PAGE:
Prospecting For Treasure

Always prospecting for the next treasure of an idea.

An Update On Our American Revolution Webquest

After completing our research, students wrote persuasive letters.

A few weeks ago, I wrote about the webquest we are working on:  A Revolution is Coming!  Which Side Will You Be On?  We finished our webquest last Friday.  This week I have been looking at everyone’s work.  This includes their webquest notes, graphic organizer, and letter.  The kids did a great job reading on-line information and taking notes about the causes and events that led to the beginning of the American Revolution. 

 
It is important for students to understand that support for separating from England was far from unanimous.  We talked about how the war divided families, pitting father against son, brother against brother, neighbor against neighbor.  After taking notes, we formed teams, and students drew slips of paper to determine if they were going to write their letter from the viewpoint of a patriot or a loyalist. 
 

The art work was done by my son, Michael Day and his friend, Brandon Archer, when they were in fifth grade. They are now 22.

This is where we began to have problems,  The half of the class that were to argue from the perspective of the loyalist were very upset.  They all wanted to be patriots.  We also found that information for the loyalist perspective was much more sketchy, since historians have done better record keeping for those who supported the revolution. 
 
We also ran into problems as teams began to use the Read, Write and Think Persuasion Map    I could not find a way of saving their work, so they had to complete the entire task in one sitting, which our schedule did not permit.  I solved this problem by printing off a copy of the final organizer, and having teams work on it with pencil and paper.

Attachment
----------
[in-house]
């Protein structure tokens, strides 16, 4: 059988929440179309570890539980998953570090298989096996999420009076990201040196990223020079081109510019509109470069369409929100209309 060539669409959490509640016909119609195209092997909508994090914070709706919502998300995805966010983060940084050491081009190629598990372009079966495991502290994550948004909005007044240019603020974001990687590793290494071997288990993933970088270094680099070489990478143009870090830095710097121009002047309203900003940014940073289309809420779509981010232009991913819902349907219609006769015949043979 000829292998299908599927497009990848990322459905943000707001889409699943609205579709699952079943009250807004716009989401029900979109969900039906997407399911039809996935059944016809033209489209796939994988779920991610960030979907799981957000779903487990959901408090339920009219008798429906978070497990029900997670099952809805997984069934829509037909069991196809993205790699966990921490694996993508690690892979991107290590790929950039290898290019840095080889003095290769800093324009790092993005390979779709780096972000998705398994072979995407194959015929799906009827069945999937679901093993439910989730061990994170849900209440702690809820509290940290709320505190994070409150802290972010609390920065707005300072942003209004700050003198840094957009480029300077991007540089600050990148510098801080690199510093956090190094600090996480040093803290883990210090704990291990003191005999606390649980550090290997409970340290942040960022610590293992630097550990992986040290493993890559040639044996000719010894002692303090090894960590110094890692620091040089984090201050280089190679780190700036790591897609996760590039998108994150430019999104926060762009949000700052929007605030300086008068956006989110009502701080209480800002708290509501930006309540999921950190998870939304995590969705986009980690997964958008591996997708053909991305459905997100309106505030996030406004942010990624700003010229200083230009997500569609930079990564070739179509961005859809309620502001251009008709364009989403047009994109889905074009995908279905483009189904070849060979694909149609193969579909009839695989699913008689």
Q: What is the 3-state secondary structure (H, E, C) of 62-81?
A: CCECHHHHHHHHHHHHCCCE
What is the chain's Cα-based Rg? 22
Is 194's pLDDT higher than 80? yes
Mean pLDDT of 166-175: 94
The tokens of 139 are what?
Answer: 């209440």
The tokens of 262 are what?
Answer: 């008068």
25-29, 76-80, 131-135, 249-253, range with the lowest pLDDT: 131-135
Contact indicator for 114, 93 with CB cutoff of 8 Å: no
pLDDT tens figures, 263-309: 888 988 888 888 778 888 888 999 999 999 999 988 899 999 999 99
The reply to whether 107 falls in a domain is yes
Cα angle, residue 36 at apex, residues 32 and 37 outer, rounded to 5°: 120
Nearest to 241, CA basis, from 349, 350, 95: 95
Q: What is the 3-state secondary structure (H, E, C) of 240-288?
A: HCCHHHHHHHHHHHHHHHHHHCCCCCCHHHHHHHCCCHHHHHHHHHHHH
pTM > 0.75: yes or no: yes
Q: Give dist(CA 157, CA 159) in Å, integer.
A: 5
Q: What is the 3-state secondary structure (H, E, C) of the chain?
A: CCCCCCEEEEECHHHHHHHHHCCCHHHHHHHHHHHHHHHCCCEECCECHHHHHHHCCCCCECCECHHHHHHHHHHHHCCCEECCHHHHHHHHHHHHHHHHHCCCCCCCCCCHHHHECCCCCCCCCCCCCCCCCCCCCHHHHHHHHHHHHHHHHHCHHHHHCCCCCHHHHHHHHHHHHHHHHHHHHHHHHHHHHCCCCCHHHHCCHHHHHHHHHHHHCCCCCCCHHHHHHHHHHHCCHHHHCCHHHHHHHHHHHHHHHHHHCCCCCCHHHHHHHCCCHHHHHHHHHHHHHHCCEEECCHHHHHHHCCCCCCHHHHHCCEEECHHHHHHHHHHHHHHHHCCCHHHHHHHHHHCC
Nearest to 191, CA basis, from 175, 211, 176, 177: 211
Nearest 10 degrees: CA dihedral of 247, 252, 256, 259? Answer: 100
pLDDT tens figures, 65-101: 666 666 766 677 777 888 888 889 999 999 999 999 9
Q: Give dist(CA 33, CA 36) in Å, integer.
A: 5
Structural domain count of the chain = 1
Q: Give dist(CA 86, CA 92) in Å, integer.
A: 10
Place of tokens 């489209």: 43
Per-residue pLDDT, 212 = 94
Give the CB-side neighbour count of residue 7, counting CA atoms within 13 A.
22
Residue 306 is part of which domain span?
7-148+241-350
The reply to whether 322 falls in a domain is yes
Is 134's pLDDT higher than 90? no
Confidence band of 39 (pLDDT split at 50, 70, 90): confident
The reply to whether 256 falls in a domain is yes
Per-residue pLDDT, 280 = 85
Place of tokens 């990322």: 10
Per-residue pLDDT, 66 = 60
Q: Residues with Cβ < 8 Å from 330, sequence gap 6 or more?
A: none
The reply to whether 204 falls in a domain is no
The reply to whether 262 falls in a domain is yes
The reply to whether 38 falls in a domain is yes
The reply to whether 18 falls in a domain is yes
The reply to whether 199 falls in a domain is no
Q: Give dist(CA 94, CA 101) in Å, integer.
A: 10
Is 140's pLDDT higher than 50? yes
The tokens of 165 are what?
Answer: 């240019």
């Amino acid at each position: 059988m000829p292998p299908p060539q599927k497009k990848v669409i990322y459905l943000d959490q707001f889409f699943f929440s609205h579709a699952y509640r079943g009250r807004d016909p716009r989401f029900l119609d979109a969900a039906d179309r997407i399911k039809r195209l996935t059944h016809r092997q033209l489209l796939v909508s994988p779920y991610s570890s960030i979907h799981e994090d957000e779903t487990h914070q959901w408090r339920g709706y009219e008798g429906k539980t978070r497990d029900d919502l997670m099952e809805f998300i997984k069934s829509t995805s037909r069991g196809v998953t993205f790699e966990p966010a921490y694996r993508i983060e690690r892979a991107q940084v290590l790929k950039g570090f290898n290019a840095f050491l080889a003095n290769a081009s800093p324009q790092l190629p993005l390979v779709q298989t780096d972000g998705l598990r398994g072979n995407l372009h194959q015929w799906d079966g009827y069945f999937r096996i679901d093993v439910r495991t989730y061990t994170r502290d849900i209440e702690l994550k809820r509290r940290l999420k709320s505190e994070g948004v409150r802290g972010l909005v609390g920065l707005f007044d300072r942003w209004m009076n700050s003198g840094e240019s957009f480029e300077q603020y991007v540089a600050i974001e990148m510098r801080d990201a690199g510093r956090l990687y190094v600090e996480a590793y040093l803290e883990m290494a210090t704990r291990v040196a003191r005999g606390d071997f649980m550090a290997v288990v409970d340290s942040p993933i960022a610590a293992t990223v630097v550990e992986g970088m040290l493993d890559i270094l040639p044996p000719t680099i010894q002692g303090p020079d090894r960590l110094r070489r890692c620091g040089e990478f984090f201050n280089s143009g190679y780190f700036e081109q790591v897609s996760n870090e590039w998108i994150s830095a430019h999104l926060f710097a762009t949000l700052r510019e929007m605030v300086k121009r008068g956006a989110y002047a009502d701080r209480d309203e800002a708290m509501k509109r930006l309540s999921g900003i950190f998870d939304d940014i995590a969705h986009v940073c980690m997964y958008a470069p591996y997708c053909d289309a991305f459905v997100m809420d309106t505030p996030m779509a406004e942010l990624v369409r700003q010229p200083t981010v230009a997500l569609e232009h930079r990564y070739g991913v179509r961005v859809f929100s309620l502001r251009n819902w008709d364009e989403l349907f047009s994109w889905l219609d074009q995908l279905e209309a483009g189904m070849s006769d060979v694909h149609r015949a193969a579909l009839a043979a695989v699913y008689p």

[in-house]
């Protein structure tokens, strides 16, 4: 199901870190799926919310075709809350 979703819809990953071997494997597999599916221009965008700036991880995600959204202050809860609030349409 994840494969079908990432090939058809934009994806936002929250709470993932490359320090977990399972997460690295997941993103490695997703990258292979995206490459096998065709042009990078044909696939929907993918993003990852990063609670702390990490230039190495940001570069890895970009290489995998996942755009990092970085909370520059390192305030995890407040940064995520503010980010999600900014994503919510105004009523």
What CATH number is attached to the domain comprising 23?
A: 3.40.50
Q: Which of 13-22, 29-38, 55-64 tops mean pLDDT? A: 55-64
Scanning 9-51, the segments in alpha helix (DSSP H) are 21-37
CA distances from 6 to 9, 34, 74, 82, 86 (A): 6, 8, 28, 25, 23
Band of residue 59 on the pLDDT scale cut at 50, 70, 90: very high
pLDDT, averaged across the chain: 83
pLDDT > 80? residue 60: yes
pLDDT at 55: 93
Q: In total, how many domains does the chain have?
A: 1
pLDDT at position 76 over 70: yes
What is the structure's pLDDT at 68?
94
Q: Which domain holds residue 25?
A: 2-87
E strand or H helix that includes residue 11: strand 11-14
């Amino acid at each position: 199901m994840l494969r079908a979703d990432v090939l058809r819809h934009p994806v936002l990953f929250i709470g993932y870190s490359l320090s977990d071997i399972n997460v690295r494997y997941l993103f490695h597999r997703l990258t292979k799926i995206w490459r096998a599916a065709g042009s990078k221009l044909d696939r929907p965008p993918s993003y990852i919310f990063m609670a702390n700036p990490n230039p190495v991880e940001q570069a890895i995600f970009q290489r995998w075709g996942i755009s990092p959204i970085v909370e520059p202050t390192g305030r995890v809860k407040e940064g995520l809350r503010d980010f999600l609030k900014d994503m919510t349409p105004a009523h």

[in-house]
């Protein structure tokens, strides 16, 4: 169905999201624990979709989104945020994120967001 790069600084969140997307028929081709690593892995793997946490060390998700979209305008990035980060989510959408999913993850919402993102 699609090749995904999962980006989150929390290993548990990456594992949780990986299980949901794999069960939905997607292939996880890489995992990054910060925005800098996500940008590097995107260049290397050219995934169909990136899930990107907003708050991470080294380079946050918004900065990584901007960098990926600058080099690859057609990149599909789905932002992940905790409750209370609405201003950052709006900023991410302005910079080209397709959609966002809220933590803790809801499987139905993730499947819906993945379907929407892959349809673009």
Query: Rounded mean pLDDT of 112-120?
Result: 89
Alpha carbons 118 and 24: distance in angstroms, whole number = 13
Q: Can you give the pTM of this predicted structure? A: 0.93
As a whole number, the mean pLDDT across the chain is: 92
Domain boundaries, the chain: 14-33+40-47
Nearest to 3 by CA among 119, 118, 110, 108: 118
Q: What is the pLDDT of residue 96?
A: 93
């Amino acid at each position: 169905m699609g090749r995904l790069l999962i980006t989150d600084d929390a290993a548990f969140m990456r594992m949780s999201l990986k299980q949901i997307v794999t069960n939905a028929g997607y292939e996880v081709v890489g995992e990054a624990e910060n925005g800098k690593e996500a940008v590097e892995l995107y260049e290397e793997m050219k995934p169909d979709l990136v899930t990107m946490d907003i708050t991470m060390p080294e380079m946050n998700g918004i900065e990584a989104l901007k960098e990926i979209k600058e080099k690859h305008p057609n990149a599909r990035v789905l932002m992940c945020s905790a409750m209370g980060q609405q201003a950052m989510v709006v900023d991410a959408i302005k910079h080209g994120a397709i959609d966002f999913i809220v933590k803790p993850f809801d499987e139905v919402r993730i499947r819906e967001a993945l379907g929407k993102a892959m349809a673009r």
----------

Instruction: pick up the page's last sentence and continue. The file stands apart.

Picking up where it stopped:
Overall, it has been a good project.  It just needs some modification.  Next year I think I will model and write the letter from the viewpoint of the loyalists.  then the students can all be patriots.  To encourage them to give more details, they can write to their cousins in England describing the events taking place in the colonies, and explaining why they are patriots, and wish to fight for independence.
 
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February 21, 2010 - Posted by | Uncategorized | , , ,

2 Comments »

  1. This sounds like a wonderful history activity! Could you – or your students – interview someone from the UK who might have a different perspective on the revolution? I was a visiting teacher years ago in Scotland and found their history books did not describe the American Revolution in quite the same way as those here in the US do. Maybe you could connect with a teacher there who could share information and materials with you. Good luck!

    Comment by Mary Kreul | February 22, 2010 | Reply

    • That is such a good idea! I never thought of that, and it is so doable now that I’m using Twitter. I have some teachers that I follow in the UK that might be willing to help. That would give the whole project such authenticity, and the kids would be excited about connecting with someone in another country. Thank you for the great idea.

      Comment by iageode | February 22, 2010 | Reply


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